Using the crate method of housebreaking your puppy is probably the most effective and most humane method available. Most veterinarians and animal behaviorists endorse it. As a side benefit, the crate will also become your best method for preventing destructive behavior. In the wild, dogs are creatures that spend a lot of time in their dens. They enjoy the security of a small area of their own. The majority of dogs also have a natural instinct that keeps them from soiling their den area. This really makes crate training an easy way to housebreak puppies.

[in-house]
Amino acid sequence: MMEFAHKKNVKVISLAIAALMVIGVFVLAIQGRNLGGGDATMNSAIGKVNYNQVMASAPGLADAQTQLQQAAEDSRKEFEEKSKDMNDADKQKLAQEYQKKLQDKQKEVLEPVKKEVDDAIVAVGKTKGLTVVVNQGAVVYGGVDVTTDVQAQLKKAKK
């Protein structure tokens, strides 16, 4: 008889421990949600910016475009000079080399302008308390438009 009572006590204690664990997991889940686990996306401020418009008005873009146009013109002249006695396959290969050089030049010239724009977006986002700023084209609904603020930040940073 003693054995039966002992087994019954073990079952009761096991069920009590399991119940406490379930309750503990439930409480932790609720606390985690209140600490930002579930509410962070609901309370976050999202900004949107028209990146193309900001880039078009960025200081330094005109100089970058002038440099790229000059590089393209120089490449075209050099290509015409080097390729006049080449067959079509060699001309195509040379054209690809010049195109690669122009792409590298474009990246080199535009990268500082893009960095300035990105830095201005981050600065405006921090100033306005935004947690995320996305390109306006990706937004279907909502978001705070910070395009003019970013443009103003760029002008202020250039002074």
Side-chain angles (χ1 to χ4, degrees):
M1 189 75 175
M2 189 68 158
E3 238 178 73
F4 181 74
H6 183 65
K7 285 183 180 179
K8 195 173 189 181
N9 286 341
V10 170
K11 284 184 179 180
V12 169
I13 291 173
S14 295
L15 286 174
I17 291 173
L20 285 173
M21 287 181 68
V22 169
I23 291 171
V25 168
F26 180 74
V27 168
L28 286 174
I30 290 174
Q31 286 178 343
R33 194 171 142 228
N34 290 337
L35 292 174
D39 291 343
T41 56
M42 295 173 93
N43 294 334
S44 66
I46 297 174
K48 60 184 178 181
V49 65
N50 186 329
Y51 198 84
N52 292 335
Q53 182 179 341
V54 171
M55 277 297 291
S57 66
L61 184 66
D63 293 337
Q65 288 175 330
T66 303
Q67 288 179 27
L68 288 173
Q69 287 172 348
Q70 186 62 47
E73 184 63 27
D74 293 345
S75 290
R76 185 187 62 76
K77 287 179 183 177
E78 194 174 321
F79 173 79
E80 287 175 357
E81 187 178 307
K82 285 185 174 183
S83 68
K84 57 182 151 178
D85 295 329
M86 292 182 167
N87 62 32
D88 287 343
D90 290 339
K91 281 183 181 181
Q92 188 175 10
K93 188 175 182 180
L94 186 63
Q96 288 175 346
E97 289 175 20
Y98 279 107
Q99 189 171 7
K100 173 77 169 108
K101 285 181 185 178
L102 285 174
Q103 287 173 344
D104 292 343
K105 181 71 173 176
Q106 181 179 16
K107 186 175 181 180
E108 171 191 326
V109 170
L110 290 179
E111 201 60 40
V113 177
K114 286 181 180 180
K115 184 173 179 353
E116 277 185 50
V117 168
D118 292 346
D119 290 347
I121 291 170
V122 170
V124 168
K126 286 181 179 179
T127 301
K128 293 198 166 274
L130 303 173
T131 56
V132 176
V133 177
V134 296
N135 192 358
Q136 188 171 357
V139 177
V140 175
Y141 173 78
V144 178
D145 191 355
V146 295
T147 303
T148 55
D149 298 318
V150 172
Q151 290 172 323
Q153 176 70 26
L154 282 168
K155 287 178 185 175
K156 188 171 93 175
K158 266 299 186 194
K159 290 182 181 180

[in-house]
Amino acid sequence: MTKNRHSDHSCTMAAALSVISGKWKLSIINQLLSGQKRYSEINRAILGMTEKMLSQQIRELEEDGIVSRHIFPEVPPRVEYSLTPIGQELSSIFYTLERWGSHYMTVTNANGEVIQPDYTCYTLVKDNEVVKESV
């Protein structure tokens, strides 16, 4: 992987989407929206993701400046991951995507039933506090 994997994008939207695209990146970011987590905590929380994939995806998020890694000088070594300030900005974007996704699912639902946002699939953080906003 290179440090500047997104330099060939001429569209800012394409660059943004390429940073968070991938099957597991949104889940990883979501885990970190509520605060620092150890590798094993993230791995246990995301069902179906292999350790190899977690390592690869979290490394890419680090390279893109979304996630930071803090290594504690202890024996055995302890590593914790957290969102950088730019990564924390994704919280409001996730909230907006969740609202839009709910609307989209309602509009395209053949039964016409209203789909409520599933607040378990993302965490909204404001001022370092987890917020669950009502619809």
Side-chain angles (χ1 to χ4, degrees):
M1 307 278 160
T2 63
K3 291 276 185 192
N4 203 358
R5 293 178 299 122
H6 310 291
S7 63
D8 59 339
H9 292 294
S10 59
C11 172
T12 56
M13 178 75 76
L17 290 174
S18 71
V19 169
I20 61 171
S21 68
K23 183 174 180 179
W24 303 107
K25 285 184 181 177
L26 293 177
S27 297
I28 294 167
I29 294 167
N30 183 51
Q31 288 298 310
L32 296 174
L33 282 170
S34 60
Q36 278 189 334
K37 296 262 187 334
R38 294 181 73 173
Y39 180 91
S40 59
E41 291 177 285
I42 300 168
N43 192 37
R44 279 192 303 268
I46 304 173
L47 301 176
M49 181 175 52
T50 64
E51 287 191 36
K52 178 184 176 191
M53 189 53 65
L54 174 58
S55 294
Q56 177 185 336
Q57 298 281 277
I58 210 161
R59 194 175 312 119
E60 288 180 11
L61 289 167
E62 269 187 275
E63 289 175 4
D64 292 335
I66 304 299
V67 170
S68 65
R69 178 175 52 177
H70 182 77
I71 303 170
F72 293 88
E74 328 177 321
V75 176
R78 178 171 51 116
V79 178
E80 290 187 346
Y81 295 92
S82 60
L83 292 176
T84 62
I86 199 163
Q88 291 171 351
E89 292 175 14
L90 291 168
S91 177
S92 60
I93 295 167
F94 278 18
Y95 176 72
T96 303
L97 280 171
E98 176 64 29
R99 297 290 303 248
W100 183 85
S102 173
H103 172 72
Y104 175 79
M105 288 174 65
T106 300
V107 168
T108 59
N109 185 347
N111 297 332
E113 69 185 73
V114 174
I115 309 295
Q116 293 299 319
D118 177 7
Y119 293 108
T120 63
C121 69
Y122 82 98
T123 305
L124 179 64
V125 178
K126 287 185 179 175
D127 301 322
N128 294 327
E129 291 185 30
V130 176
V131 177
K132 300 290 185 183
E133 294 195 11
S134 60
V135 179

First you should choose a crate only large enough for your puppy to stand up, turn around, and lie down. If the crate is too large, your puppy will soil one corner and rest comfortably in another corner, and you will not have a successful housebreaking. Most people buy a crate that is large enough for the adult dog that their puppy will grow into. For this reason you may have to block off the rear of the crate so it is the correct size for the puppy, which can be done simply by inserting a cardboard box of the right size in the back of the crate. Many puppies prefer the security and privacy of plastic airline crates. Wire crates have the advantage of being collapsible for travel, but you should drape a towel over the top to give the dog the illusion of privacy. The crate should be located in a quiet area. Avoid high traffic areas like kitchens, hallways and doorways. A good place is in your bedroom, where your puppy can have the security of your presence at night. During the day you might want to move it into the living room.